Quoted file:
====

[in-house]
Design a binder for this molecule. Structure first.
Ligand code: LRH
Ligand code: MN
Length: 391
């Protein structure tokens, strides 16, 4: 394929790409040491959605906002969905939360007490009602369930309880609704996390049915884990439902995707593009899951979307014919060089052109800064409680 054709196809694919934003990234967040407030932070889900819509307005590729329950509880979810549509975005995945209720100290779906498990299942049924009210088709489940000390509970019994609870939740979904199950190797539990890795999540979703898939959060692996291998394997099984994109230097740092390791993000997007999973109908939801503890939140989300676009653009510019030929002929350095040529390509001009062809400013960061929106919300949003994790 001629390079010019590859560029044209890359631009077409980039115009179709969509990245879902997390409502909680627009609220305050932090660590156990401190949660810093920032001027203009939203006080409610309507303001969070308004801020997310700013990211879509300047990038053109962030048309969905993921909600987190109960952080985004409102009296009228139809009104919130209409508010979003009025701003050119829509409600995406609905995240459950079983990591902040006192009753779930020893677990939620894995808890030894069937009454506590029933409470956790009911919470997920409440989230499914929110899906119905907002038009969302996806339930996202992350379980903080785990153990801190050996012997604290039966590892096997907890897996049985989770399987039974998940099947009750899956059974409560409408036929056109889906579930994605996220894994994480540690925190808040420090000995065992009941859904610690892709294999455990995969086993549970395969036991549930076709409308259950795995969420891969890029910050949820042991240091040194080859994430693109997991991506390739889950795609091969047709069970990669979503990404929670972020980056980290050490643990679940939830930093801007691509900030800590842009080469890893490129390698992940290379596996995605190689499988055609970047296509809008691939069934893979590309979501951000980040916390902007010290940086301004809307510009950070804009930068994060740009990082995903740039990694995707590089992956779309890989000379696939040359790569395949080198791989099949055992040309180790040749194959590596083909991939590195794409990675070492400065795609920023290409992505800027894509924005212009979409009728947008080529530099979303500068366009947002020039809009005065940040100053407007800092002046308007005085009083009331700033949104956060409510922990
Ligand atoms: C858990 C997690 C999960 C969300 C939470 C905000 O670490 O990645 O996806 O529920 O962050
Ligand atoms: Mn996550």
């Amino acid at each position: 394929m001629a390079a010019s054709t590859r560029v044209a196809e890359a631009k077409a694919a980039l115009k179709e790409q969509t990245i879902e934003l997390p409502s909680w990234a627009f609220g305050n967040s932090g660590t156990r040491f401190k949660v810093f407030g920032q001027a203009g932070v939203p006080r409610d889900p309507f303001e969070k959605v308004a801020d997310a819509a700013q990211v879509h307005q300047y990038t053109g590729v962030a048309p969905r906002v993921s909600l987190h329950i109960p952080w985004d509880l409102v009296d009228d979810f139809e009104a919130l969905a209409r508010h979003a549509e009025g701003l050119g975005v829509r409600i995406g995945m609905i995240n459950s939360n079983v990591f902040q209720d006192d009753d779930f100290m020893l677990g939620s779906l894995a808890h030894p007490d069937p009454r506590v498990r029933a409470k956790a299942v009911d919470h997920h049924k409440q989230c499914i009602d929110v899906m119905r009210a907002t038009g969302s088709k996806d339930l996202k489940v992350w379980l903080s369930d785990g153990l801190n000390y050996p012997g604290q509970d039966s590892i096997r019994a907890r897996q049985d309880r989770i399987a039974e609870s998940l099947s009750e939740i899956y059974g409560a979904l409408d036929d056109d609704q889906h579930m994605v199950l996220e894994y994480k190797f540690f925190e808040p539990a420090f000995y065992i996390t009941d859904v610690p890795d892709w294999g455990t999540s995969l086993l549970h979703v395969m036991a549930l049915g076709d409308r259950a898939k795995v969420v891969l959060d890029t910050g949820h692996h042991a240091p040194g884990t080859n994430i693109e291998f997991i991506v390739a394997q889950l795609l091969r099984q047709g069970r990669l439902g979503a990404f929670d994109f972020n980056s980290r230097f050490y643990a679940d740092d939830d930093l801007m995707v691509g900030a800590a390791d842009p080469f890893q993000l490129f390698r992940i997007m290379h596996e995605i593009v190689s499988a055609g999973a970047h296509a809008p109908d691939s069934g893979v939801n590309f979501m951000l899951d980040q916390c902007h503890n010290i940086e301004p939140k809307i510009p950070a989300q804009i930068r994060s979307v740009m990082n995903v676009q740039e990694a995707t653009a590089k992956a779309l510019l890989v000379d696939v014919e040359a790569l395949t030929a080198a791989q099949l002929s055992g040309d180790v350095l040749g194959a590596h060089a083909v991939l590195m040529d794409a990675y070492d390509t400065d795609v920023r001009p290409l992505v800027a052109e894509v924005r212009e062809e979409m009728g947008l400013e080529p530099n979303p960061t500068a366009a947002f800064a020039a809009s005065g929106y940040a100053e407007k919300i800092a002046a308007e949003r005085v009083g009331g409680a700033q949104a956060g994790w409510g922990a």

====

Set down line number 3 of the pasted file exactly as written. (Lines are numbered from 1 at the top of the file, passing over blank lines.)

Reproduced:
Ligand code: LRH